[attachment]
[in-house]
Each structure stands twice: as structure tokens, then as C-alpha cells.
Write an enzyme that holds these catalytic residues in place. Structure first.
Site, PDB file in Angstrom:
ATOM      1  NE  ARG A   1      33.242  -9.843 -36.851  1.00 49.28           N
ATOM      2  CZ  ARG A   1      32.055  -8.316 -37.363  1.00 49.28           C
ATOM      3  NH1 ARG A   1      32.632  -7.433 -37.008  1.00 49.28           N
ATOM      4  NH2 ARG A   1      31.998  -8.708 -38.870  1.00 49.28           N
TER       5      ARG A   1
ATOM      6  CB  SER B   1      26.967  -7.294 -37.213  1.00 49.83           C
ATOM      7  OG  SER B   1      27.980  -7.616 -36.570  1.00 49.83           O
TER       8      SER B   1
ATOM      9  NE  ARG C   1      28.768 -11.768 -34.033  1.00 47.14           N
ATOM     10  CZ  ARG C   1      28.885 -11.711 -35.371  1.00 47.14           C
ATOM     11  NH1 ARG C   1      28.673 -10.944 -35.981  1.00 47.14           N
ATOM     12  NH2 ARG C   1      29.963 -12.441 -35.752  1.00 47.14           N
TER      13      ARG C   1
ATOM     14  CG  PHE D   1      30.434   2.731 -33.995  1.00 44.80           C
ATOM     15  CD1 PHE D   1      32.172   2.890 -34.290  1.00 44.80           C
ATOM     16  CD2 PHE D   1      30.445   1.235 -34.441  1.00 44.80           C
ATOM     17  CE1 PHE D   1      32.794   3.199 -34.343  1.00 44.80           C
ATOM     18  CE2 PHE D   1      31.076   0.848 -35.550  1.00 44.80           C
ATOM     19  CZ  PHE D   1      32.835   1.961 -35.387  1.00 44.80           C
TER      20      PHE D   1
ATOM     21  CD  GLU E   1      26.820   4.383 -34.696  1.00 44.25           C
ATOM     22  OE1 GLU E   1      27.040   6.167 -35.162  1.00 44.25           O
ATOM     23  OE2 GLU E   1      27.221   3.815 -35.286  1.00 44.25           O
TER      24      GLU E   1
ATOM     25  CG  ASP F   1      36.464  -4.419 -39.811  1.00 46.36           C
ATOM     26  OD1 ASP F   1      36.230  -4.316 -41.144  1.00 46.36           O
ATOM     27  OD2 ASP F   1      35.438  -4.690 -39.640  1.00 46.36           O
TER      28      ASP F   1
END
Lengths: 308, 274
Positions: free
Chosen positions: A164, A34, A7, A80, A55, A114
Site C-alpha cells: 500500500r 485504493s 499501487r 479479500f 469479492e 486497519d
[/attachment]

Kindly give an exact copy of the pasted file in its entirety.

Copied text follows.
[in-house]
Each structure stands twice: as structure tokens, then as C-alpha cells.
Write an enzyme that holds these catalytic residues in place. Structure first.
Site, PDB file in Angstrom:
ATOM      1  NE  ARG A   1      33.242  -9.843 -36.851  1.00 49.28           N
ATOM      2  CZ  ARG A   1      32.055  -8.316 -37.363  1.00 49.28           C
ATOM      3  NH1 ARG A   1      32.632  -7.433 -37.008  1.00 49.28           N
ATOM      4  NH2 ARG A   1      31.998  -8.708 -38.870  1.00 49.28           N
TER       5      ARG A   1
ATOM      6  CB  SER B   1      26.967  -7.294 -37.213  1.00 49.83           C
ATOM      7  OG  SER B   1      27.980  -7.616 -36.570  1.00 49.83           O
TER       8      SER B   1
ATOM      9  NE  ARG C   1      28.768 -11.768 -34.033  1.00 47.14           N
ATOM     10  CZ  ARG C   1      28.885 -11.711 -35.371  1.00 47.14           C
ATOM     11  NH1 ARG C   1      28.673 -10.944 -35.981  1.00 47.14           N
ATOM     12  NH2 ARG C   1      29.963 -12.441 -35.752  1.00 47.14           N
TER      13      ARG C   1
ATOM     14  CG  PHE D   1      30.434   2.731 -33.995  1.00 44.80           C
ATOM     15  CD1 PHE D   1      32.172   2.890 -34.290  1.00 44.80           C
ATOM     16  CD2 PHE D   1      30.445   1.235 -34.441  1.00 44.80           C
ATOM     17  CE1 PHE D   1      32.794   3.199 -34.343  1.00 44.80           C
ATOM     18  CE2 PHE D   1      31.076   0.848 -35.550  1.00 44.80           C
ATOM     19  CZ  PHE D   1      32.835   1.961 -35.387  1.00 44.80           C
TER      20      PHE D   1
ATOM     21  CD  GLU E   1      26.820   4.383 -34.696  1.00 44.25           C
ATOM     22  OE1 GLU E   1      27.040   6.167 -35.162  1.00 44.25           O
ATOM     23  OE2 GLU E   1      27.221   3.815 -35.286  1.00 44.25           O
TER      24      GLU E   1
ATOM     25  CG  ASP F   1      36.464  -4.419 -39.811  1.00 46.36           C
ATOM     26  OD1 ASP F   1      36.230  -4.316 -41.144  1.00 46.36           O
ATOM     27  OD2 ASP F   1      35.438  -4.690 -39.640  1.00 46.36           O
TER      28      ASP F   1
END
Lengths: 308, 274
Positions: free
Chosen positions: A164, A34, A7, A80, A55, A114
Site C-alpha cells: 500500500r 485504493s 499501487r 479479500f 469479492e 486497519d